When People of the Promise were persecuted and chased away from Yemen, the country they turned to was Eritrea. There they were welocomed, allowed to settle, build their own Synagogue, which not even the Marxist Leninist Dergue dared to close down or confiscate. In Eritrea the Jew community thrived.  With a fraction of a $165 million investment in clean and committed diplomacy, the very sources of all these migrants, asylum seekers and refugees could be dried up.


by Fr. Vittorio Boria
The Son of God was welcomed into the world, away from his mother’s home. She had to follow orders by an occupying power that forced her to abandon her home and give birth to her “firstborn child” in a manger, because there was not room for her in the guest house. Although Angels sang for Him in the skies, only poor shepherds welcomed him. Priests and learned personalities on Jerusalem, consulted, had the answer ready: “he was to be born in Bethlehem”. Stragers came from afar to pay him homage, but the cream of Jerusalem did not even try, perhaps afraid the ire of King Herod.
When Herod found that the wisemen had fooled him, he sent soldiers to kill Baby Jesus, and in order not to miss him, the babies below 2 years of age in Bethlehem and its surroundings were all sentenced to death. Again, no one in Jerusalem stood up for the Child of Mary nor for the innocents Bethlehemite babies.
Isn’t it striking! It did not just start a few years ago, already then (about 2000 years ago) refugees have been around. For what documented history proves, the phenomenon did not start with Africans, and in particluar not with the peoples from the Horn of Africa. Quite the opposite, peoples from this area were the first explorers in the planet earth. Thanks to those courageous first humans history has known about, there must be something of African in the cromozomes and the DNA of every human being in the world today .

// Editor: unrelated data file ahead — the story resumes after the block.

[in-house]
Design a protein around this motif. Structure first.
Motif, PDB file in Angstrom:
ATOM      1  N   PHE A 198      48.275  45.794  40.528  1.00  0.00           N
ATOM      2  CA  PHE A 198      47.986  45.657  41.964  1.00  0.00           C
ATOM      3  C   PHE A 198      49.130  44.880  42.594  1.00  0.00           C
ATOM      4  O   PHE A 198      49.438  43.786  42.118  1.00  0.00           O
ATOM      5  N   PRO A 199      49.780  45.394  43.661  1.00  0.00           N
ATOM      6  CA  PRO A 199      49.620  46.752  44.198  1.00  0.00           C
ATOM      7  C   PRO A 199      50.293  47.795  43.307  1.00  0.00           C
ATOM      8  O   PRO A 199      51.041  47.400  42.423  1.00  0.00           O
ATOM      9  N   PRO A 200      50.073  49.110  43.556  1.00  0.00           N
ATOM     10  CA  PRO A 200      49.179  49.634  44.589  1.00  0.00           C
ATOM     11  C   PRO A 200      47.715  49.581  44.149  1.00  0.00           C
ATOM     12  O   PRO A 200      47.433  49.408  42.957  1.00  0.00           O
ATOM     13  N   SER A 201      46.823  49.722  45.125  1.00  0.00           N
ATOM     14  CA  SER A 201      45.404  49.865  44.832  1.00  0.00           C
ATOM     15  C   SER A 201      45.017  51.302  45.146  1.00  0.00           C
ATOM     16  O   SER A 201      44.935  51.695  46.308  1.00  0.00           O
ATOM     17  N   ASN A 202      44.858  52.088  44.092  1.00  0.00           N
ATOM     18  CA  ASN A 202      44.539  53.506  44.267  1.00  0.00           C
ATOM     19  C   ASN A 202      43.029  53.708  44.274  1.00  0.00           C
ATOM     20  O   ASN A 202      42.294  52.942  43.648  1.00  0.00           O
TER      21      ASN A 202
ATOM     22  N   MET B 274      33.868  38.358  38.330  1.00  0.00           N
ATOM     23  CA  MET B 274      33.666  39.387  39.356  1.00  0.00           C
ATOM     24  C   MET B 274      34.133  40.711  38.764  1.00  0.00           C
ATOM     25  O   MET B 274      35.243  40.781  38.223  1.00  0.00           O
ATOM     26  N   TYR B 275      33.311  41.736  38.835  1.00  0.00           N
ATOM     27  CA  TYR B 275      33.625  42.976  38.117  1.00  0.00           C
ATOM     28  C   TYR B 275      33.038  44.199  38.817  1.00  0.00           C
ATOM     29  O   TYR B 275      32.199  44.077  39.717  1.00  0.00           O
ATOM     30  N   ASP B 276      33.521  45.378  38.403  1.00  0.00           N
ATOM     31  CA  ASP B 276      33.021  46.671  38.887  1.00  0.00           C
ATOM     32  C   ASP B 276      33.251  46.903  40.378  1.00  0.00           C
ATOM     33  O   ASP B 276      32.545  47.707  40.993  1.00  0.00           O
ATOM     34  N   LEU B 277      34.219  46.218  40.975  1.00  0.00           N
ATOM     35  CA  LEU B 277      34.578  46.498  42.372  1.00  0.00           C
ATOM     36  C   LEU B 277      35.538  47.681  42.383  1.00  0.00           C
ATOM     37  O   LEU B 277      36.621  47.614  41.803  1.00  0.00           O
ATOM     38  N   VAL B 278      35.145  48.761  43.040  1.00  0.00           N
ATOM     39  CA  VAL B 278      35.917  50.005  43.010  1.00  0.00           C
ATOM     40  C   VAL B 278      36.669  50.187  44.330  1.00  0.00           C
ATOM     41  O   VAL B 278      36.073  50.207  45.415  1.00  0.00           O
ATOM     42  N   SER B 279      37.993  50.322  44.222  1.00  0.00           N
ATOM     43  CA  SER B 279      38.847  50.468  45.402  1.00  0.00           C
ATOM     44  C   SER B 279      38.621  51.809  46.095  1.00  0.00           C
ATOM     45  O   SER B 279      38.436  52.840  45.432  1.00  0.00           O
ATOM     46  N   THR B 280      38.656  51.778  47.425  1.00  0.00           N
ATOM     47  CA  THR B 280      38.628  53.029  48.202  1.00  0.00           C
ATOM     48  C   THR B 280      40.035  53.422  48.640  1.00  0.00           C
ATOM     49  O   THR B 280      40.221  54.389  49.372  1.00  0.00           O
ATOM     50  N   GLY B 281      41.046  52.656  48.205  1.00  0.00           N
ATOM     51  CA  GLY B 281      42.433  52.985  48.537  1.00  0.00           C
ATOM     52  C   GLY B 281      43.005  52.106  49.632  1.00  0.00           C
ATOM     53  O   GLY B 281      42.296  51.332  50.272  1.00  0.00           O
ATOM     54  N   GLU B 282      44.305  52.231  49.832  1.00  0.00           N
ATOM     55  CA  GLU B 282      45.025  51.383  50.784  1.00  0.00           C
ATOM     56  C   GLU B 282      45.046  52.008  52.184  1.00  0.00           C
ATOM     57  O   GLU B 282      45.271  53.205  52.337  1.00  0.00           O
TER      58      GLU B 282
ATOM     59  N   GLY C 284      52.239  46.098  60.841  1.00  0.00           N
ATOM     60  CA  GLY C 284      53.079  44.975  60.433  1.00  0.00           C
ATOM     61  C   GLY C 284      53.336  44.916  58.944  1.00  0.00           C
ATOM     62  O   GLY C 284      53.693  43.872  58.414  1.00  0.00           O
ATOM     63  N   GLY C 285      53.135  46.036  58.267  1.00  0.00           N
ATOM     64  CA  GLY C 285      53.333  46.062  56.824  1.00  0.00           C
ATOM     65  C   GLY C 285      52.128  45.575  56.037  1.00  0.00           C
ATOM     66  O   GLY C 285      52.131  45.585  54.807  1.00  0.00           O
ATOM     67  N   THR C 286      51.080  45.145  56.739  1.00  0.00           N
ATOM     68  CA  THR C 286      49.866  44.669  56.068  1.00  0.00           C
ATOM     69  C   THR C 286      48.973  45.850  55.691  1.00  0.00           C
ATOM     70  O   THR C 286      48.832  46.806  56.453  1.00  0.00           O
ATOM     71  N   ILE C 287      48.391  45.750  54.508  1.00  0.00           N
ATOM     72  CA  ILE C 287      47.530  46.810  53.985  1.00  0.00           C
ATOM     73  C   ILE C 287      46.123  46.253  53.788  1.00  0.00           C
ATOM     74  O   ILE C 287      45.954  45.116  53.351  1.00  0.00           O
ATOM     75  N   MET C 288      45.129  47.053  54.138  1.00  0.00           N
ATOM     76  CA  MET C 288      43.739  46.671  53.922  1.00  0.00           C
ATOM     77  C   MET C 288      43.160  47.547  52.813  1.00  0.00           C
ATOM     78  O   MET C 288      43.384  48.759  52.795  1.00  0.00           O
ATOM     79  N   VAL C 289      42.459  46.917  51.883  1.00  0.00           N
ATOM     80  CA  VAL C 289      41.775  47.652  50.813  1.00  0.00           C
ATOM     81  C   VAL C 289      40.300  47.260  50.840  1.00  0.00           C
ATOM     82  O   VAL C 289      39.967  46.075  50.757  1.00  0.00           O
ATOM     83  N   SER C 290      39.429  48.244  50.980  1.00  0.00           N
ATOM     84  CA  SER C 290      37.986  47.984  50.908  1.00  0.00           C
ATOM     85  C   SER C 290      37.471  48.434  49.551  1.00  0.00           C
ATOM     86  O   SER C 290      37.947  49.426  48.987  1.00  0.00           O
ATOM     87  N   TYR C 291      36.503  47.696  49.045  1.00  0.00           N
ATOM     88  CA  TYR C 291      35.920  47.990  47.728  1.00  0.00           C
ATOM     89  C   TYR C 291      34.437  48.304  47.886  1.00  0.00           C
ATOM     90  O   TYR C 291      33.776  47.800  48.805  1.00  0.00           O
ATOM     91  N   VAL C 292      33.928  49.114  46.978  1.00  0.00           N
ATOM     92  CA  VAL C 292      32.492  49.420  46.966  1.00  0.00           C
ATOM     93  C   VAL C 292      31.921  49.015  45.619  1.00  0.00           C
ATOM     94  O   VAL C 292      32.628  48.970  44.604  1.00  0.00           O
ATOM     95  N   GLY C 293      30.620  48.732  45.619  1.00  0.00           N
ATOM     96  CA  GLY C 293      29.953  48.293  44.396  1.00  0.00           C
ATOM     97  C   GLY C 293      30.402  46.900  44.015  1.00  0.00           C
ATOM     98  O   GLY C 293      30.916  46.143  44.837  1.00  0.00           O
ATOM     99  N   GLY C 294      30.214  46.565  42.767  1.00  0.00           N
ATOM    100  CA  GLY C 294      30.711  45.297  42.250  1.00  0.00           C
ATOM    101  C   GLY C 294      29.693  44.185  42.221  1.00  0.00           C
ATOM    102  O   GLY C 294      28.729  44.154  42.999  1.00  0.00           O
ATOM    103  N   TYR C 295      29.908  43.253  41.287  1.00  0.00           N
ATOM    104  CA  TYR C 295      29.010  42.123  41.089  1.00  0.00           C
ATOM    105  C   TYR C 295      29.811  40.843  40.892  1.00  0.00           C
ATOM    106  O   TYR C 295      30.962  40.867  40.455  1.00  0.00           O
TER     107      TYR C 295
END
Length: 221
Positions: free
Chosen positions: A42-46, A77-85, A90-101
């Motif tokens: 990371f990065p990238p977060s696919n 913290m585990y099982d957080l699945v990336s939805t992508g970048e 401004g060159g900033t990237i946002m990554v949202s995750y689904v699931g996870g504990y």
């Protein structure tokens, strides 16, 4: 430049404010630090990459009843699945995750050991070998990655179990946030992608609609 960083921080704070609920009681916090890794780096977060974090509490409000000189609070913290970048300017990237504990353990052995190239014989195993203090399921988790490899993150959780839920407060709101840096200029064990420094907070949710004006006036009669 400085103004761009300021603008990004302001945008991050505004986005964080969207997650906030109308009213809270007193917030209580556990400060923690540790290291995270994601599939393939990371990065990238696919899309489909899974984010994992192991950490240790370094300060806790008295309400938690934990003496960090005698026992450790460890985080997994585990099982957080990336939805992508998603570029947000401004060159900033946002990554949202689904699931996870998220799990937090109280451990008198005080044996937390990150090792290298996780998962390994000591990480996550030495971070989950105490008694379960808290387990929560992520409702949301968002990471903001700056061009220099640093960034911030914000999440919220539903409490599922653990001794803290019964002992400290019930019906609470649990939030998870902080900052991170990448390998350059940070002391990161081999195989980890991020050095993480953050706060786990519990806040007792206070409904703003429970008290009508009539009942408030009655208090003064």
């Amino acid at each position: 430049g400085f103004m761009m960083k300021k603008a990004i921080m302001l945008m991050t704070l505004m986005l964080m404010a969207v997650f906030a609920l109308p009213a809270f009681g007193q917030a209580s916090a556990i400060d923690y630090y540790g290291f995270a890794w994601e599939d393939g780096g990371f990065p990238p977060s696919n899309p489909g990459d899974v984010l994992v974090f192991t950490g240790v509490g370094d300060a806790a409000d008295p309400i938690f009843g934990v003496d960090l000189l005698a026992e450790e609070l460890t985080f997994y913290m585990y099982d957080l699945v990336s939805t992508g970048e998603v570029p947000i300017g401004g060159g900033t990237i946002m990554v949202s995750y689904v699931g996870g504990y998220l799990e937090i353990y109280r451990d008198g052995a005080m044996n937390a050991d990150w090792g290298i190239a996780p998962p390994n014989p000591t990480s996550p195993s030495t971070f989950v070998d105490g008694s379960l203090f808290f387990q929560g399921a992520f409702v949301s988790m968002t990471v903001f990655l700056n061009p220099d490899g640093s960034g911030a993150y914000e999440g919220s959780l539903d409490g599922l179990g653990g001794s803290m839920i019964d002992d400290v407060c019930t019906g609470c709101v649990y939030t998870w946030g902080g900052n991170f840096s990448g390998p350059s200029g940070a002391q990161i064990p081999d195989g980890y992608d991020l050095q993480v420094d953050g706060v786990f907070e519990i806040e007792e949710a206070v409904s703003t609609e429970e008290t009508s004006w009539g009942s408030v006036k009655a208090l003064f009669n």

But the phenomenon of economic migrations, asylum or refuge seeking dates even longer. Peoples who had migrated from the “land between the two rivers” and settled in the Middle East, when famine struck and reached critical stages, they migrated to Africa, where they were welcomed and granted the most fertile land of Egypt. There they grew prosperous and numerous.  After a few centuries, it is true, history was forgotten, relations turned sour, friendship betrayed, and  treaties were broken . But could it be that the “guests” were the cause of their own problems? They never assimilated to the land that had welcomed them, they did not mix with their hosts. It was always a relation between “us” and “them”, and so centuries after their permanence in Egypt they could still be identified as foreigners and, unfortunately, persecuted, maltreated, enslaved, and threatened with extinction. Still, even this sad turn of events had its silver lining: because of the slavery, they could reawaken their pride and fight their way back to the “Promised Land”. Is it not strange that despite this sad experience in Egypt, that had left a scar in their identity, Hebrews communities always thrived in Egypt, and elsewhere in Africa (Jewish roots are claimed even today by communities in more than one country in Africa). Jewish colonies in Egypt grew more prosperous than in their own land, and living besides the Alexandria’s  centres of learning, they produced their own mystics, scholars, researchers, historians and philosophers. And it is again in Egypt that Joseph takes Mary with her Child for refuge and protection. Legend has it that from Egypt, the Holy Family ventured further South, down to Ethiopia.